Video

    Video E-readers Help Ease Africa's Book Shortage

    Millions of people in Africa can't read, and there's a chronic shortage of books. A non-profit organization called Worldreader is trying to help change all that one e-reader at a time. VOA’s Deborah Block tells us about a girls' school in Nairobi, Kenya where Worldreader is making a difference.
    Video

    Video Genius Lets World Share Its Knowledge

    Inspired by crowdsourcing companies like Wikipedia, Genius allows anyone to edit anything on the web, using its web annotation tool
    Video

    Video Former Drug CEO Martin Shkreli Angers US Lawmakers

    A former U.S. pharmaceutical business executive has angered lawmakers by refusing to explain why he raised the price of a life-saving pill by 5,000 percent. Martin Shkreli was removed from a congressional hearing on Thursday after citing his Fifth Amendment right to stay silent. Zlatica Hoke has more.
    Video

    Video Super Bowl TV Commercials are Super Business for Advertisers

    The Super Bowl, the championship clash between the two top teams in American Football, is the most-watched sporting event of the year, and advertisers are lining up and paying big bucks to get their commercials on the air. In fact, the TV commercials during the Super Bowl have become one of the most anticipated and popular features of the event. VOA's Brian Allen has a sneak peek of what you can expect to see when the big game goes to commercial break, and the real entertainment begins.
    Video

    Video In Philippines, Mixed Feelings About Greater US Military Presence

    In the Philippines, some who will be directly affected by a recent Supreme Court decision clearing the way for more United States troop visits are having mixed reactions.  The increased rotations come at a time when the Philippines is trying to build up its military in the face of growing maritime assertiveness from China.  From Bahile, Palawan on the coast of the South China Sea, Simone Orendain has this story.
    Video

    Video Microcephaly's Connection to Zika: Guilty Until Proven Innocent

    The Zika virus rarely causes problems for the people who get it, but it seems to be having a devastating impact on babies whose mothers are infected with Zika. VOA's Carol Pearson has more.
    Video

    Video Solar Innovation Provides Cheap, Clean Energy to Kenya Residents

    In Kenya, a company called M-Kopa Solar is providing clean energy to more than 300,000 homes across East Africa by allowing customers to "pay-as-you-go" via their cell phones. As Lenny Ruvaga reports from Kangemi, customers pay a small deposit for a solar unit and then pay less than a dollar a day to get clean energy to light up their homes or businesses.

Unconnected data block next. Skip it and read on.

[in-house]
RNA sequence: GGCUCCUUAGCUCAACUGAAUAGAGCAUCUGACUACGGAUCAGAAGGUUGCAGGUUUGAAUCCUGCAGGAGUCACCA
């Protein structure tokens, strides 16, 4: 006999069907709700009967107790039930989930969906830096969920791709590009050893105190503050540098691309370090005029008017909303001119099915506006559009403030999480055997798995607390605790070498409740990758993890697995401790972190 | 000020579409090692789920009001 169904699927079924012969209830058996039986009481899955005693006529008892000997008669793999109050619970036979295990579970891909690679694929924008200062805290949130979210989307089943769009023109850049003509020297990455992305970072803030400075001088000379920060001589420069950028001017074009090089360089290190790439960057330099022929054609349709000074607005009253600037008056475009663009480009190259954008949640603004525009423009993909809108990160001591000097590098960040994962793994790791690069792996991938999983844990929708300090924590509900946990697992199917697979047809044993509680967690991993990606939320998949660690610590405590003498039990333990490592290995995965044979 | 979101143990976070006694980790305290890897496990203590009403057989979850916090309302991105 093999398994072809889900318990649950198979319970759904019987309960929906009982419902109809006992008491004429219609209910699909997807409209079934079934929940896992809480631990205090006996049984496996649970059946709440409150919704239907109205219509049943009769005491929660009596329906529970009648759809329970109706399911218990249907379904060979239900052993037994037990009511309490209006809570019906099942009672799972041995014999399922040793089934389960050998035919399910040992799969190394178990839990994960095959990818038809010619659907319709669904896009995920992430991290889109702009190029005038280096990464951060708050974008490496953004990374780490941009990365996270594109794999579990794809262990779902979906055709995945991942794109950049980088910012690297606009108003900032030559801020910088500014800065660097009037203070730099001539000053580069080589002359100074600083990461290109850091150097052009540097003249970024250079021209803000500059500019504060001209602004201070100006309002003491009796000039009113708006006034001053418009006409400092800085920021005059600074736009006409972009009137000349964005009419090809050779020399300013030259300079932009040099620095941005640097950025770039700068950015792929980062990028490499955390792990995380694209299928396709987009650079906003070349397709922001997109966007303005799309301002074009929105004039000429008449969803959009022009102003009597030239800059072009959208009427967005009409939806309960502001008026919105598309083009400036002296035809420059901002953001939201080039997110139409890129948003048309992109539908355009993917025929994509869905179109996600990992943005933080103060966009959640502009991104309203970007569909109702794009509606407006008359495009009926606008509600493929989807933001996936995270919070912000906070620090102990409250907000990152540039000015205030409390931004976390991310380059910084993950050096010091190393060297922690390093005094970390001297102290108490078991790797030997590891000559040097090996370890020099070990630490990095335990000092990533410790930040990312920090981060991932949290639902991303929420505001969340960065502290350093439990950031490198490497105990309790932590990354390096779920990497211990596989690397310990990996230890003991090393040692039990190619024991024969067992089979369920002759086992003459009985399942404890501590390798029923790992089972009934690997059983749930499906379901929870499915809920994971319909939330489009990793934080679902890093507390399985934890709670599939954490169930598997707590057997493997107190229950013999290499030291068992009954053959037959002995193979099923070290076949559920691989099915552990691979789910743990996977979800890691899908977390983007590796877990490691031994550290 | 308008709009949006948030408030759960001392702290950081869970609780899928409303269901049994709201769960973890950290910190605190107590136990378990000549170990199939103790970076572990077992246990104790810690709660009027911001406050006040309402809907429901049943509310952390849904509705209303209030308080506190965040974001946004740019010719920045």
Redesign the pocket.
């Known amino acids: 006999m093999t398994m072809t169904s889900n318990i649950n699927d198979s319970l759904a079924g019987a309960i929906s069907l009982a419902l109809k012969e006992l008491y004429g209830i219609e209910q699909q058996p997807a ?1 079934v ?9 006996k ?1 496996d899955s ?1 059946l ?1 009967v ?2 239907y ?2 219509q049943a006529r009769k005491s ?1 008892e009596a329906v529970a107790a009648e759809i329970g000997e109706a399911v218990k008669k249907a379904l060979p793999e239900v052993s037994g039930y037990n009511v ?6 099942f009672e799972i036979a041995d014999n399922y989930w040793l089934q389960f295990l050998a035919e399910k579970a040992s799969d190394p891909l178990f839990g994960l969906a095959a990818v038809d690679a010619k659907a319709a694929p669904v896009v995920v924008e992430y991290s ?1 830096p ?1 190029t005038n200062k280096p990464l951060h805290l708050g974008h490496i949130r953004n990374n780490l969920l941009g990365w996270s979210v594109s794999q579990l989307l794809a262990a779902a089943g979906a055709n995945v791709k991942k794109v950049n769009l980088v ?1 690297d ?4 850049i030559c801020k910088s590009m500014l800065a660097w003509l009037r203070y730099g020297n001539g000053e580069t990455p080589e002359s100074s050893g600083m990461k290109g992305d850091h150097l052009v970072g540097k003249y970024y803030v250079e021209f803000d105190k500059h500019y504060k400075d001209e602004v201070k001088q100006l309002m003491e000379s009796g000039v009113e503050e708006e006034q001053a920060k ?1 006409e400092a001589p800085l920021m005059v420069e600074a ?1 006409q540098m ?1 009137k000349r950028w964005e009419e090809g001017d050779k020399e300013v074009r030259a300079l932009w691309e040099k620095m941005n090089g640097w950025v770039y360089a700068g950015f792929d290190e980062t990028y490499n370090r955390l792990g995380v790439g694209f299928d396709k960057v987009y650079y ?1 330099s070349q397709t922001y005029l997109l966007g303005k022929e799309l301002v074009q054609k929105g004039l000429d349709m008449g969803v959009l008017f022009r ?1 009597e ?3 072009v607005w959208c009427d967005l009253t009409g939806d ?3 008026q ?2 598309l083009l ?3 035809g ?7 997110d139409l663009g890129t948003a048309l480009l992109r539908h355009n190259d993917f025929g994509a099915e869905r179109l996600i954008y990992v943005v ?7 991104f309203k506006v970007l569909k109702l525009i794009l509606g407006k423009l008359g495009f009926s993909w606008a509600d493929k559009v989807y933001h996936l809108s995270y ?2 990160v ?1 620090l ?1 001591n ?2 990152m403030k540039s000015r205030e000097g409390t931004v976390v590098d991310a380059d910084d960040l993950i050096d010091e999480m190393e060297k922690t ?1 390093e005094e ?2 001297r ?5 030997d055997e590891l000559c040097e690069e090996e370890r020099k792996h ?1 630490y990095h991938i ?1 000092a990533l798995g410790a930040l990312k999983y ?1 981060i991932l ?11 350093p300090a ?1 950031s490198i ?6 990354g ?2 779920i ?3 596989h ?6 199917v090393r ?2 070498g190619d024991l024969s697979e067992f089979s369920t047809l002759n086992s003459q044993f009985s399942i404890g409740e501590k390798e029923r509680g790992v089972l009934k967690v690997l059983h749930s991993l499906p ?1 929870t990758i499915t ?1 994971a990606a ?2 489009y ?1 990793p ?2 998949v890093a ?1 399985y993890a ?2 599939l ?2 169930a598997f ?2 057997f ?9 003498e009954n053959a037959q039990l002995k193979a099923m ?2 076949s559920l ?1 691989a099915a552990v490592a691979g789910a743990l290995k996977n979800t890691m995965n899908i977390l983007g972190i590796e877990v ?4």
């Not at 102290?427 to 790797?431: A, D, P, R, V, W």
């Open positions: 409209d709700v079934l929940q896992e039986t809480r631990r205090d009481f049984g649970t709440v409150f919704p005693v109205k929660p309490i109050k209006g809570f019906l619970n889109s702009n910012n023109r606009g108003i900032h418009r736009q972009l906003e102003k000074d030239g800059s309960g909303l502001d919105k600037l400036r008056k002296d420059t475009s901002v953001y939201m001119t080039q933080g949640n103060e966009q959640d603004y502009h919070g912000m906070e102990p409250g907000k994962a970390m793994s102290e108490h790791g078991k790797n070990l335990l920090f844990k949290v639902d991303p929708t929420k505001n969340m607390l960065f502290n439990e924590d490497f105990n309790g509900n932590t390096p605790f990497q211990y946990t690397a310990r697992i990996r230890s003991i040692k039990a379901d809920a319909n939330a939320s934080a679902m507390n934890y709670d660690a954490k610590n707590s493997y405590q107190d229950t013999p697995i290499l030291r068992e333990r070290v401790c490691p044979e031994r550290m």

Video

    Video Stunning Artworks Attract Record Crowds, Thanks to Social Media

    A new exhibit at the oldest art museum in America is shattering attendance records. Thousands of visitors are lining up to see nine giant works of art that have gotten a much-deserved shot of viral marketing. The 150-year-old Smithsonian American Art Museum has never had a response quite like this. VOA's Julie Taboh reports.
    Video

    Video Apprenticeships Put Americans on Path Back to Work

    Trying to get more people into the U.S. workforce, the Obama administration last year announced $175 million in grants towards apprenticeship programs. VOA White House correspondent Aru Pande went inside one training center outside of Washington that has gained national recognition for helping put people on the path to employment.
    Video

    Video New Material May Reduce Concussion Effects

    As the 2016 National Football League season reaches its summit at the Super Bowl this coming Sunday (2/7), scientists are trying to learn how to more effectively protect football players from dangerous and damaging concussions. Researchers at Cardiff and Cambridge Universities say their origami-based material may solve the problem. VOA’s George Putic reports.
    Video

    Video Saudi Arabian Women's Sports Chip Away at Stereotypes

    Saudi Arabian female athletes say that sports are on the front line of busting traditions that quash women’s voices, both locally and internationally. In their hometown of Jeddah, a group of basketball players say that by connecting sports to health issues, they are encouraging women and girls to get out of their homes and participate in public life. VOA’s Heather Murdock reports.
    Video

    Video A Year Later, Fortunes Mixed for Syrians Forging New Lives in Berlin

    In April of last year, VOA followed the progress of six young Syrian refugees -- four brothers and their two friends -- as they made their way from Libya to Italy by boat, and eventually to Germany. Reporter Henry Ridgwell caught up with the refugees again in Berlin, as they struggle to forge new lives amid the turmoil of Europe's refugee crisis.
    Video

    Video Zika Virus May be Hard to Stop

    With the Zika virus spreading rapidly, the World Health Organization Monday declared Zika a global health emergency. As Alberto Pimienta reports, for many governments and experts, the worst is yet to come.